• Introduce the concept of authentication failure — after N attempts the radio won’t accept any more attempts for some period of time, after M cycles of that the radio locks out all external log-in attempts until it has been reset from the front panel.
  • Introduce the concept of “accounts” so that the radio’s owner could grant varying levels of authority to different users (while at the same time adding another layer of cracking difficulty). I’d like to see at least 4 levels of access;
    • “Eavesdropping” — for those folks that you just want to let listen to whatever the radio is doing, but not grant any control
    • “Receive only” — for folks who you’d like to grant SWL rights
    • “Transceive” — for hams who can use the radio to transmit and receive
    • “Administrator” — for super-users who can also reconfigure the radio
  • IP-address white-listing and blacklisting as a way to screen out known black-hats and grant rights to your club or friends
  • Some kind of security logging and alert capability, so that if you’re getting pounded by a black hat you can figure out what’s going on.

“Why all this crud?? After all, this is just a radio for crying out loud” you ask. Well, it’s not just a radio any more. It’s a server, on the Internet — a place filled with great folks and other folks who aren’t so great. Since we’re responsible for what our stations do, I’d like to see some tools to help us protect those resources from being attacked.

Here’s one solution, if TenTec leaves the radio the way it is…

Case Three

OmniVIISec2

Setup

Omni VII is configured with an “inside the firewall” IP address (eg 192.168.1.3) and an arbitrary port (eg 5432). Firewall is configured to address-translate and forward traffic from a public-routable IP address to a PC running remote-access software. The PC in turn accesses the radio on the chosen port.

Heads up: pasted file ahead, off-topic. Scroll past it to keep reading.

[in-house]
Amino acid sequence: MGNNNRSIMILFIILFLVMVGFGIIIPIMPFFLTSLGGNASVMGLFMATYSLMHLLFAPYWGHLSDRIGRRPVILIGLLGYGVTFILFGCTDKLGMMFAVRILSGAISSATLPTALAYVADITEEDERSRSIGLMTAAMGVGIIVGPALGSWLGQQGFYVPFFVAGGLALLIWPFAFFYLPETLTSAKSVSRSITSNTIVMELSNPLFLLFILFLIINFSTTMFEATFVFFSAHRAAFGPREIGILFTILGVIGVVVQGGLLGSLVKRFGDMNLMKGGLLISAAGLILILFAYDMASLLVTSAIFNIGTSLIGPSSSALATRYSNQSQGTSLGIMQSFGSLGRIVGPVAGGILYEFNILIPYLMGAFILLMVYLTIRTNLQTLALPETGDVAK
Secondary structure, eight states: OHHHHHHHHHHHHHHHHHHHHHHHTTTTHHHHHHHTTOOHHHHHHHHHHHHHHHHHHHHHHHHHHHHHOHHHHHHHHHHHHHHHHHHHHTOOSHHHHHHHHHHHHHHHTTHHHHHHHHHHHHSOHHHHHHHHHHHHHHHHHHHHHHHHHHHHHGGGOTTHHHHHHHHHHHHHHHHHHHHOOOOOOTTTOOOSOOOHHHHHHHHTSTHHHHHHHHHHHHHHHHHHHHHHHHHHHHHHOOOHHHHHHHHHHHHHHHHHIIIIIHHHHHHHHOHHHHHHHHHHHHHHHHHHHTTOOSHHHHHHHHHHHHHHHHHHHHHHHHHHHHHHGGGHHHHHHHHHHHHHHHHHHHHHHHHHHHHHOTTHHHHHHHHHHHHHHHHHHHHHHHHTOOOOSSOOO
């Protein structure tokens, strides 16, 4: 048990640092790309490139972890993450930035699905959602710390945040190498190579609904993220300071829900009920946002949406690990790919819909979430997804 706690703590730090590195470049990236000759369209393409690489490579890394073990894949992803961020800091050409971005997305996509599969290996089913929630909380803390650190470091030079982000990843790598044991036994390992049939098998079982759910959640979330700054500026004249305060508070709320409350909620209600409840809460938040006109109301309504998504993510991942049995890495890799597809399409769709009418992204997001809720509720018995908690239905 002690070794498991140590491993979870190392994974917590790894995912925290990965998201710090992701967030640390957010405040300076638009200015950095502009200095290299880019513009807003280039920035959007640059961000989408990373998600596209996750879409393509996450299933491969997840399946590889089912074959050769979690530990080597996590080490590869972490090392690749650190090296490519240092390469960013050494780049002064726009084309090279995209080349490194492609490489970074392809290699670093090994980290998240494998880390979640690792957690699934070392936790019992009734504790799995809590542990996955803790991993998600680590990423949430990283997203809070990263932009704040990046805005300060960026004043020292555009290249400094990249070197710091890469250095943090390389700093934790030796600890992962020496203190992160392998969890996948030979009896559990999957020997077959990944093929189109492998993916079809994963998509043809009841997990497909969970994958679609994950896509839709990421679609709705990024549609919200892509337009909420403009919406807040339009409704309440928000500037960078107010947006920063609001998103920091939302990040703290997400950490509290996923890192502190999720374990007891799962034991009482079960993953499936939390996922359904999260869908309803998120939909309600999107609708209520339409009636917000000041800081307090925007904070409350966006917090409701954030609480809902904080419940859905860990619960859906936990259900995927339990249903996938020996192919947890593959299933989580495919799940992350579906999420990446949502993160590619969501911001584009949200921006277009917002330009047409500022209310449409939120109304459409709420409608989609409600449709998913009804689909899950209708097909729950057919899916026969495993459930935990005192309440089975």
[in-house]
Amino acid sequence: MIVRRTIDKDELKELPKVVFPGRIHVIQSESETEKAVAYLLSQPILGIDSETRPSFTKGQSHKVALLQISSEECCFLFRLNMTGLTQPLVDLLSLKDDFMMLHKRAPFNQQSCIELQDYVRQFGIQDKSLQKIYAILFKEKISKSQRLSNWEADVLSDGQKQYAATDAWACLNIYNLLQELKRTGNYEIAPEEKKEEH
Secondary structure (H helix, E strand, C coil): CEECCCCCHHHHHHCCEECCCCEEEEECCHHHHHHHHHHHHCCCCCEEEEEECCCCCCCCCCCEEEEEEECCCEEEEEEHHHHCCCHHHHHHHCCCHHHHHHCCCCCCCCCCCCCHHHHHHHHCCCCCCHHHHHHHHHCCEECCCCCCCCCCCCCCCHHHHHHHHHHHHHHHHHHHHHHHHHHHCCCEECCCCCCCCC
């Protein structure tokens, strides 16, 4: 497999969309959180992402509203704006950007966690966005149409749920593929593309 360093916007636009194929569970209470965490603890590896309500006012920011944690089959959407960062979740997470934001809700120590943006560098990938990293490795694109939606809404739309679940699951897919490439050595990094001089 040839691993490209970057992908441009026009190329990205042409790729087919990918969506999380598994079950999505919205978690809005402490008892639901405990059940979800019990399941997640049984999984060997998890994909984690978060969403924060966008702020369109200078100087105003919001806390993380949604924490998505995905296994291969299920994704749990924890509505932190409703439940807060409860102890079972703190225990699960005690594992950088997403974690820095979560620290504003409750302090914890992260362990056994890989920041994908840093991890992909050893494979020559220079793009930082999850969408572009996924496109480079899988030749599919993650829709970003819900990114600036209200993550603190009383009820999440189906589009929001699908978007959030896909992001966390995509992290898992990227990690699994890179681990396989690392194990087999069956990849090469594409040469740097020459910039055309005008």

Implications

  • The Omni VII is no longer directly visible to the Internet, the PC is
  • The “signature” of the radio is no longer visible, so intruders won’t be able to find a radio just by port/password scanning, only the PC (which has a firewall, logging and account-structures in addition to passwords)
  • The 2-byte password is now masked behind the PC’s much stronger username/password authentication, plus any authentication provided by the remote-access software — thus adding two layers of much stronger authentication
  • There is still no user-account “ring-fencing” on the radio, so if an intruder gets to the radio they still have complete control
  • The radio is no longer visible for denial-of-service attacks but the PC is
  • The “connect this radio directly to the Internet” feature is lost, since this approach requires a PC

That last sentence is a killer. As I said at the top of this post, the simplicity of dropping this radio right on the ‘net without an intervening PC is one of the two things that drew me to this radio in the first place. Putting a PC in the chain makes me sad — but I’m really uncomfortable just hanging this device out there on the big bad Internet with the sketchy security that’s on it right now.